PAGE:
property for designation. Individual properties are most often
designated as historic resources by a city council or comparable
legislative body, upon holding a public hearing. In some communities,
however, the preservation commission or another administrative body may
be empowered to designate individual properties and/or districts.
Many historic preservation ordinances provide interim protection for
historic resources while applications for designation are pending. This
prevents property owners from demolishing the resource before a
commission or legislature has had time to act on the application.
How are historic districts and landmarks protected under a preservation ordinance?
Historic preservation ordinances generally empower preservation
commissions to review and act upon applications for "certificates of
appropriateness." Most often, owners of property subject to a
preservation ordinance must submit an application to a preservation
commission for permission to alter, move, or construct additions, and
new buildings. This application, once deemed complete, will be evaluated
at a public hearing based upon standards for review set forth in the
ordinance. Upon consideration of all the evidence, the commission will
issue a formal decision, making specific findings of fact and
conclusions of law. Permission is typically granted in the form of a
historic area permit or certificate of appropriateness.
What types of actions generally require review by a historic preservation commission?
Review of applications to alter, demolish, or otherwise change
historic property is generally triggered by a request for a building
and/or demolition permit. Permit officials will delay issuance of a
permit until the matter has been referred to and acted upon by the
preservation commission in accordance with the terms set forth in the
preservation ordinance. Historic preservation commissions generally have
authority over alterations to a building's exterior, additions,
demolition, and new construction in historic districts. Some communities
also protect interior spaces that are accessible to the public.
Preservation commissions may be authorized to consider other types of
alterations, such as repainting, window or roof replacement, and
signage, which may or may not require a building permit. Despite the
wide range of actions which are subject to commission review, responses
to a recent survey completed by the National Alliance of Preservation
Commissions showed that the vast majority of applications for
certificates of appropriateness are ultimately approved.
How do local governments protect historic properties from being demolished?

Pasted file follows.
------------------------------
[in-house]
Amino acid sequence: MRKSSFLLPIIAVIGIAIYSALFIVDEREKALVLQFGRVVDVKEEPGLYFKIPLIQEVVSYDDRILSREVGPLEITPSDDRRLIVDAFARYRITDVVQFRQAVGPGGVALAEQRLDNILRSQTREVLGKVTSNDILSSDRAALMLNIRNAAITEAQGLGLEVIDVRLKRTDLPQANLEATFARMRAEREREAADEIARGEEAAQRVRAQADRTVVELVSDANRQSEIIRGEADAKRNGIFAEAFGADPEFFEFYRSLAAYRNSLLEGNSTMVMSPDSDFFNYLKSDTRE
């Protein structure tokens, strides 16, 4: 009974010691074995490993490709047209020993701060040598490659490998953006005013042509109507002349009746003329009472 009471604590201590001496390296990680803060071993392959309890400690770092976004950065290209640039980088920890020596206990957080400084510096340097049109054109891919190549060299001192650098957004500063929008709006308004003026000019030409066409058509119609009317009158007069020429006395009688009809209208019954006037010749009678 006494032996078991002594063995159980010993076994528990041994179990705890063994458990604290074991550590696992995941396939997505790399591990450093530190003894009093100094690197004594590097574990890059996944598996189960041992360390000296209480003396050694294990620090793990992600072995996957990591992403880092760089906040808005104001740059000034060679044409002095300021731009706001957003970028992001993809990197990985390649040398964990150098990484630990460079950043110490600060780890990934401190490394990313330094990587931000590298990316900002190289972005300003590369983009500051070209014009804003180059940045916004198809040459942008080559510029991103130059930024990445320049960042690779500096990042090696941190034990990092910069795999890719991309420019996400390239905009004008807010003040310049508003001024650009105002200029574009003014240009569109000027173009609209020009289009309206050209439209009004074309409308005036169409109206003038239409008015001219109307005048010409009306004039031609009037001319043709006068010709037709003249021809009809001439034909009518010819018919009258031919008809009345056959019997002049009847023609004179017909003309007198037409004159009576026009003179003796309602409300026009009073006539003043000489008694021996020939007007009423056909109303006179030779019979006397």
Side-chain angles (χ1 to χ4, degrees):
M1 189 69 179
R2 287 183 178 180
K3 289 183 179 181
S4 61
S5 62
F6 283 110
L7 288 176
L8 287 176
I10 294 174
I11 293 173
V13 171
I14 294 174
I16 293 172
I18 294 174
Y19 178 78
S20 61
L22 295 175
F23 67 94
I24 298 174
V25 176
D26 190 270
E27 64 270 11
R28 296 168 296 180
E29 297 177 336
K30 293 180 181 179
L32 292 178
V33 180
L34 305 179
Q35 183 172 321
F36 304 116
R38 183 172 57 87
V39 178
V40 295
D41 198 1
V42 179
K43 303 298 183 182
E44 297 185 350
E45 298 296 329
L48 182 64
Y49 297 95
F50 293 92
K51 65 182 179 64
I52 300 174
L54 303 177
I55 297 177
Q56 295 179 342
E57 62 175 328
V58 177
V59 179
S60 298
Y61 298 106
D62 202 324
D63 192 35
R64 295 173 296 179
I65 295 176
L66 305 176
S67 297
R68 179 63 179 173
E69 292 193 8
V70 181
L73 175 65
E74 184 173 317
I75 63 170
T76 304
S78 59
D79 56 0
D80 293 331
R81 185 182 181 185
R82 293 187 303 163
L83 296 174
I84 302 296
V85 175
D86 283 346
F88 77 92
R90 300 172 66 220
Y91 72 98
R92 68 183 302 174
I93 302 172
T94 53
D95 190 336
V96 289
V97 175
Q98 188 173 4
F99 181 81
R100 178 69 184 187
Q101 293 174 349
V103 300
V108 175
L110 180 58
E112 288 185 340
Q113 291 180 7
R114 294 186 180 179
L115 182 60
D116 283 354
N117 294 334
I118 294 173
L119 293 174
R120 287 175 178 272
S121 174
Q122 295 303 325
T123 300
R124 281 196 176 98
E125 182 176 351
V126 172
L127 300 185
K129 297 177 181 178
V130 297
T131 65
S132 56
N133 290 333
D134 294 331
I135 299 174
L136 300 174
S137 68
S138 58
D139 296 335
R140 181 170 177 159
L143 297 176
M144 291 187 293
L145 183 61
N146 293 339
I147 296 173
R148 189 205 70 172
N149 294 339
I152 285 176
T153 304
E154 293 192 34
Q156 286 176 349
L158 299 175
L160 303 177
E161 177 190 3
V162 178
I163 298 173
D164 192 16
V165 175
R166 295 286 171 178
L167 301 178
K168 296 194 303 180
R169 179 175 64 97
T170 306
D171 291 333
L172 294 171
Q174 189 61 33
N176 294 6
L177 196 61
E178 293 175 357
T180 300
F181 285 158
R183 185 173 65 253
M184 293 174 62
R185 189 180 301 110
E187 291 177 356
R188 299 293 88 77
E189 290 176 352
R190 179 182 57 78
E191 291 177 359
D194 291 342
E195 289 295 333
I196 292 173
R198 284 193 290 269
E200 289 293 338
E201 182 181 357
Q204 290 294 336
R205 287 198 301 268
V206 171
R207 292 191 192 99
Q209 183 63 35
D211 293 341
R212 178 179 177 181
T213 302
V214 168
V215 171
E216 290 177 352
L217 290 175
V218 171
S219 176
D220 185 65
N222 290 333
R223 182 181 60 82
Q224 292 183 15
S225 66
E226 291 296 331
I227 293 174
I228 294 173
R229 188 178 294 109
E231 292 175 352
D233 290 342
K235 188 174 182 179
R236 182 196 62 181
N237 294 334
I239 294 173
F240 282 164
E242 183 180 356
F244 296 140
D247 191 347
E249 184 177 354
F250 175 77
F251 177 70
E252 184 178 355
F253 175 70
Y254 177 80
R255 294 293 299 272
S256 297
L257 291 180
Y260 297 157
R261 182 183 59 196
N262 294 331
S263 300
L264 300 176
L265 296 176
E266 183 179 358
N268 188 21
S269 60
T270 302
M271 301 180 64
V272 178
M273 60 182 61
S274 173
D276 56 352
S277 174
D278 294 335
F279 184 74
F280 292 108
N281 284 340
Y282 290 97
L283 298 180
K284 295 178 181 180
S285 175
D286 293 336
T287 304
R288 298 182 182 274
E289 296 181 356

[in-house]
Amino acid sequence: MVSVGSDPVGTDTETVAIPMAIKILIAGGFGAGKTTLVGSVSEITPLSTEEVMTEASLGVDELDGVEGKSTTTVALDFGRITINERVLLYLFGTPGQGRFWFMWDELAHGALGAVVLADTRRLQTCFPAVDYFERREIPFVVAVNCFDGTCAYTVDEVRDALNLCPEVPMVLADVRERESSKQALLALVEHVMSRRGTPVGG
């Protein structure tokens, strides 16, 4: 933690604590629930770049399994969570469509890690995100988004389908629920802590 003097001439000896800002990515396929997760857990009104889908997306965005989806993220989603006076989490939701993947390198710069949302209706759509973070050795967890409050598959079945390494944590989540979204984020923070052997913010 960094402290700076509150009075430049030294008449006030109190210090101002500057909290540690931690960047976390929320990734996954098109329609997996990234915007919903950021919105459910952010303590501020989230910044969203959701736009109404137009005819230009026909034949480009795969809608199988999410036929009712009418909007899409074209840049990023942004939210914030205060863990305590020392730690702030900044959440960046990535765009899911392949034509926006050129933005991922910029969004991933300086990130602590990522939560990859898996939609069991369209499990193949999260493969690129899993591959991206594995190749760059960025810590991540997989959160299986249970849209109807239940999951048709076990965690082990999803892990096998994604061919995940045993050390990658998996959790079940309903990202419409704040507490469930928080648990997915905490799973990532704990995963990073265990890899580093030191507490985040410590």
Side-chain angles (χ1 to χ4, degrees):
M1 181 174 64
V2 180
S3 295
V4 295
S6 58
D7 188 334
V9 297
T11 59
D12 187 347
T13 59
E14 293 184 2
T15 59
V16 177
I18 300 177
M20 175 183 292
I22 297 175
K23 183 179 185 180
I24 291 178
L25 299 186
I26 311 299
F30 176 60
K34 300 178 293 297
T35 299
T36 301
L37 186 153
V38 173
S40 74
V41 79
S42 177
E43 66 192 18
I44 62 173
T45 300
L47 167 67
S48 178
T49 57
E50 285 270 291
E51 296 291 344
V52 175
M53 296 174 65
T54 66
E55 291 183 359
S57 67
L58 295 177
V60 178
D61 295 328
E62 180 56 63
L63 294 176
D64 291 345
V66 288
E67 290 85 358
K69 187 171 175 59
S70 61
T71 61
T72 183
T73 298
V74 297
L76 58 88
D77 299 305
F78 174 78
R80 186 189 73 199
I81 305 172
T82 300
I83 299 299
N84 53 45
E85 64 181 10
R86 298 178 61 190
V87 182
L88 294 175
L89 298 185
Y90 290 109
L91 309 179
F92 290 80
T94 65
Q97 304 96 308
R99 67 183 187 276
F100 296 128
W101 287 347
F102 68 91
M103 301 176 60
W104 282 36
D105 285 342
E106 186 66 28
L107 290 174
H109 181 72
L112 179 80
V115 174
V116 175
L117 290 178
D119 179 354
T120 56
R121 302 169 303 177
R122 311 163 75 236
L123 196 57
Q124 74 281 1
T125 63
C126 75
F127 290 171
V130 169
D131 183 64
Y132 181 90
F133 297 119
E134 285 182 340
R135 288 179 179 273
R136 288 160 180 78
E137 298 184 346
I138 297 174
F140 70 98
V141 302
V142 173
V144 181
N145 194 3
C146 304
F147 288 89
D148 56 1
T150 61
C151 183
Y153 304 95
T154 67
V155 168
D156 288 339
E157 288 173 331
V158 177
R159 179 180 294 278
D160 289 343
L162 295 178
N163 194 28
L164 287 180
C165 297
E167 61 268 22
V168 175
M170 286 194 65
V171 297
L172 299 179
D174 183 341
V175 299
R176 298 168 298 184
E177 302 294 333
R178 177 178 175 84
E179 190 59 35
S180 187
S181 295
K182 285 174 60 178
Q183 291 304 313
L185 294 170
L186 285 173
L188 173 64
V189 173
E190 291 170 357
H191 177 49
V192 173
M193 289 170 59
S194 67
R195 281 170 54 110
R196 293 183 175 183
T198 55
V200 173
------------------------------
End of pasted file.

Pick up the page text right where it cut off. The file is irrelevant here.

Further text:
Controls over requests to demolish historic structures vary somewhat
from community to community. Many localities allow for the demolition of
historic properties only in cases where retention of the structure will
cause an extreme burden on the property owner and the resource cannot
be rehabilitated or sold or the property poses a safety threat after a
fire or other type of natural disaster. This is the best way to ensure
that historic resources are protected.
A limited number of communities, however, permit property owners to
demolish historic properties after a specific waiting period, during
which time a city or town, along with private preservation groups, can
explore alternative actions to save the building. Some communities also
condition the issuance of a demolition permit upon a showing that a new
building will be constructed and that the building will be compatible
with other historic resources in the area.
What standards of review are used to guide commission's in acting upon requests for certificates of appropriateness?
Many communities utilize the Secretary of the Interior's Standards
for Rehabilitation to guide commissions in reviewing permit
applications, which are general in nature. For example, the Secretary's
standards provide that "deteriorated architectural features shall be
repaired, wherever possible," and "in the event that replacement is
necessary, the new material should match the material being replaced in
composition, design, color, texture, and other visual qualities."
Communities considering adoption of the Secretary's standards should be
careful to ensure that the standards actually correspond to the types of
properties being protected and the scope of authority conferred on the
commission by the ordinance.
In addition to legal standards of review, which must be set forth in
the preservation ordinance, many communities also adopt advisory design
guidelines. These are used not only to guide the commission, but also to
assist the property owner in understanding what types of actions may or
may not be appropriate.
An increasing number of communities have also established an informal
process to encourage property owners to consult with commission staff
and/or members before embarking on a major project. Although not
required, this process generally helps a property owner and/or architect
to understand the factors that will be considered by a commission in
acting upon a specific application.
Do historic preservation ordinances impose affirmative responsibilities on property owners?
Routine maintenance work such as repairing a broken fence or
replacing individual tiles on a slate roof is generally excluded from
commission review. However, many ordinances require that designated